Glamorous trial: Barefoot Bandit Colton Harris-Moore sentenced to 6 1/2 years

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    The glamorous trial has come to an end and “Barefoot Bandit” Colton Harris-Moore has been sentenced to six and a half years in jail for his two-year long spree of thefts and break ins.

    Harris-Moore spent two years perplexing the authorities of the United States with his elusive trail of crime. All that ended in 2010 when he was finally caught and put on trial. Since then he has spent 18 months in jail and the culmination of the trial was his six and a healf years of sentence.

    During the infamous two years of his life, 20-year-old Harris-Moore flew a plane stolen in Washington state to the San Juan Islands and then stole a pistol in British Columbia. He took a plane from Idaho to Washington state where he stole a plane to go to Oregon. From Oregon he stole another plane to fly to Indiana went on to the Bahamas, where was arrested.

    Harris-Moore is called the “Barefoot Bandit” because he stayed bare foot while committing a number of these crimes. His daring flights and elusive personality won him a number of fans.

    This Friday, after the sentence, the “Barefoot Bandit” was a changed man and this showed in his words and manner. While on trial in the 18 months he became quite popular as the one who stole a plane and flew it without any previous pilot training. Then his cocky attitude and rude remarks to the authorities made him catch the attention of people and he became quite well-known.

    This Friday the brashness and swagger disappeared as U.S. District Judge Richard Jones imposed the sentence, which will be served concurrently with state prison time.

    Harris-Moore said, “What I did could be called daring, but it is no stretch of the imagination to say that am lucky to be alive … absolutely lucky. I should have died years ago.”

    Though the defense expects him to serve about four more years of prison sentence, but the decision will rest on the Prison authorities.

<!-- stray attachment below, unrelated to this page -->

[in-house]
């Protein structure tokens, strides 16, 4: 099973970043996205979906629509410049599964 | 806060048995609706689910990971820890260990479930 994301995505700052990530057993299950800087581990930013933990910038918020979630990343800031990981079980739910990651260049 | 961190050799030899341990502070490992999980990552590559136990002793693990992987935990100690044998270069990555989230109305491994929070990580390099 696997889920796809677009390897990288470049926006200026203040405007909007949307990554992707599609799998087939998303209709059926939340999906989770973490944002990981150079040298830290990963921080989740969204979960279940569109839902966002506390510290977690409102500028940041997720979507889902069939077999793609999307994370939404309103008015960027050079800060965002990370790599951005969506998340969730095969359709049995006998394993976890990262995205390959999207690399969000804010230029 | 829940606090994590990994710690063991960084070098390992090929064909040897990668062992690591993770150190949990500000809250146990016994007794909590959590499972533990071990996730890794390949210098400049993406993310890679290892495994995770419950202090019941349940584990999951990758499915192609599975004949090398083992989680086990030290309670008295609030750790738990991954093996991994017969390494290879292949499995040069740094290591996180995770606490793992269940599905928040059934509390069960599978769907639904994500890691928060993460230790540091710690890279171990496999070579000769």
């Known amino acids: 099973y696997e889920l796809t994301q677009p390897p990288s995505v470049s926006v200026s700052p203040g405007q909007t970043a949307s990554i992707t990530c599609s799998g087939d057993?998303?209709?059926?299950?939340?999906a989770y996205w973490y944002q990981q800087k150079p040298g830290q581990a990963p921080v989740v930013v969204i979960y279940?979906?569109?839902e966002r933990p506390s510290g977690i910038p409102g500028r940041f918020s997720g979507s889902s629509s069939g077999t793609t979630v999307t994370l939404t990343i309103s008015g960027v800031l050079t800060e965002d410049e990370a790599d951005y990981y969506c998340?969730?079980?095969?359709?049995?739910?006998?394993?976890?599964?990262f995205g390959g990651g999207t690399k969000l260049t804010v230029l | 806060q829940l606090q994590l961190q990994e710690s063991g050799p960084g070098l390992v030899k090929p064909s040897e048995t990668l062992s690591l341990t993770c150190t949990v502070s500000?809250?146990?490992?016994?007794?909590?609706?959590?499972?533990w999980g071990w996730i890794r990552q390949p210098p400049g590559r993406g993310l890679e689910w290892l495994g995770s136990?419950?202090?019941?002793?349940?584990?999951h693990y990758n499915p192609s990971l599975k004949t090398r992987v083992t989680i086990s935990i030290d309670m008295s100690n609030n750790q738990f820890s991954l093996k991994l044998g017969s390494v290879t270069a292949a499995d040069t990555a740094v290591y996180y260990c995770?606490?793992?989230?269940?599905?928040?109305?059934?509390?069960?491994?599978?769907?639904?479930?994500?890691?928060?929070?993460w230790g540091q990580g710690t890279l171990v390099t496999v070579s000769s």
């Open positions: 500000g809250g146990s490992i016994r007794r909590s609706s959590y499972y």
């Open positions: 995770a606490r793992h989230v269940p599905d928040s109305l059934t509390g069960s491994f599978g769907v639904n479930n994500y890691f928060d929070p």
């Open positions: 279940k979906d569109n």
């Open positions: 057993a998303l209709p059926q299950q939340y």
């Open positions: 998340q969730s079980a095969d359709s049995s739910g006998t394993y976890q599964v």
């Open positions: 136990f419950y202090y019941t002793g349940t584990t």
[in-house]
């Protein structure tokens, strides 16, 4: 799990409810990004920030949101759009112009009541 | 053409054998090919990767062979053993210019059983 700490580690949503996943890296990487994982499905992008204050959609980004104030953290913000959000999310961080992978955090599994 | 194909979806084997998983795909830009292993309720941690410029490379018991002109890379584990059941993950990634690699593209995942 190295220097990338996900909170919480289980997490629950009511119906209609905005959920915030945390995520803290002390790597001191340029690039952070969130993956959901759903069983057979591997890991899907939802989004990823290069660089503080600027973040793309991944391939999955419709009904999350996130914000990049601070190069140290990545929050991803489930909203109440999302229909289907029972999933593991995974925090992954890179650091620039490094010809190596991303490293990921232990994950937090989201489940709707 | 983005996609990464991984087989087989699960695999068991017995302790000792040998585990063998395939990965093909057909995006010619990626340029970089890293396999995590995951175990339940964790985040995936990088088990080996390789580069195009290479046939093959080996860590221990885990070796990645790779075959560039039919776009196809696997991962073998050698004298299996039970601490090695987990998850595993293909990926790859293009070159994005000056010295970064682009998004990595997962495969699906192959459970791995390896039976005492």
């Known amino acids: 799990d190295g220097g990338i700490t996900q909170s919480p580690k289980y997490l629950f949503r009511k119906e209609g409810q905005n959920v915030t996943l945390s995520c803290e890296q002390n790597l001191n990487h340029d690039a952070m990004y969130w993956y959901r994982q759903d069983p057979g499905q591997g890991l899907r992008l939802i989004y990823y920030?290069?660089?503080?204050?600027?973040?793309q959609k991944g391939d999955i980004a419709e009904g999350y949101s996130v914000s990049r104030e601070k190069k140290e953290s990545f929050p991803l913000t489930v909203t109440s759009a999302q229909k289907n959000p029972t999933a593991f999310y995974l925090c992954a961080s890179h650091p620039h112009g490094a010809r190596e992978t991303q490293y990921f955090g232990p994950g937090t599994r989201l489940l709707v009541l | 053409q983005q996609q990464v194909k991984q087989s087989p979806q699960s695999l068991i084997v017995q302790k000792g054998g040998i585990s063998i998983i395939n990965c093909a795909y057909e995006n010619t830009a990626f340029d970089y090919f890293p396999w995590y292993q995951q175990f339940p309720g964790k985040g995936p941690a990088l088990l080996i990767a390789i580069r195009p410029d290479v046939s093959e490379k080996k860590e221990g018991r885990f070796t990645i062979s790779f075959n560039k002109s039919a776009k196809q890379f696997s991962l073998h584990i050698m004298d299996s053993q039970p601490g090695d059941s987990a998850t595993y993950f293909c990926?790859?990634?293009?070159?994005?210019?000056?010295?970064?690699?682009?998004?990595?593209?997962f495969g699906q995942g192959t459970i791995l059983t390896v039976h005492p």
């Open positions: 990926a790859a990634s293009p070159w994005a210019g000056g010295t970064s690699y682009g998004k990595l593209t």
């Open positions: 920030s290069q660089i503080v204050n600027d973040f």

The fans of Harris-Moore had created a fan page for him which was followed by thousands of fans and admirers around the world. When the judge asked Harris-Moore to share his advice with those thousands, he humbly replied that “his flights in stolen planes with no formal flight training — though the realization of a lifelong dream — were in fact frightening”.

    Harris-Moore spoke for the younger people, “I would say to younger people they should focus on their education, which is what I am doing right now. I want to start a company. I want to make a difference in this world, legally.”

    Harris-Moore said about his experience as the daring thief, “I would say that the things I did — some, I think, thought was perhaps cool — were extremely dangerous and terrifying. It wasn’t as if I just jumped in a plane barefoot and started flying around. I feared for my life in those situations.”

    Defense lawyers took the stand that foolhardy approach of the 6-foot-5 youth was because of a nightmarish childhood. In his childhood he was made to break into nearby homes to find food and clothing as a result of his mother’s alcoholism, abuse and neglect. Defense lawyer John Henry Browne said that the upbringing of Harris-Moore “worse than a dog’s”.

    Browne said when Harris-Moore was approaching the lectern, “You’re about to hear now from a young person whose first memory is being told that everybody’s better off if he’d have been born dead.”

    Prosecutors claimed that the 6.5 years o sentence was the lenient side of the deserved sentence keeping in mind Harris-Moore’s rough childhood. His crimes resulted in $1.3 million in losses to victims.

    He went on to address his victims in the court, “My actions affected many people, and from a place of acceptance, humility and remorse I again apologize…. The day will come when things are made right.”

    His sentence was finally justified in the statement by assistant U.S. Atty. Darwin Roberts, the lead federal prosecutor on the case, who said at a news conference, “Having a bad childhood and dreaming of flying airplanes is not a reason to break into a bank and try to open a vault. There are many, many kids across the country that have many of the disadvantages that Mr. Harris-Moore had without resorting to a life of crime.”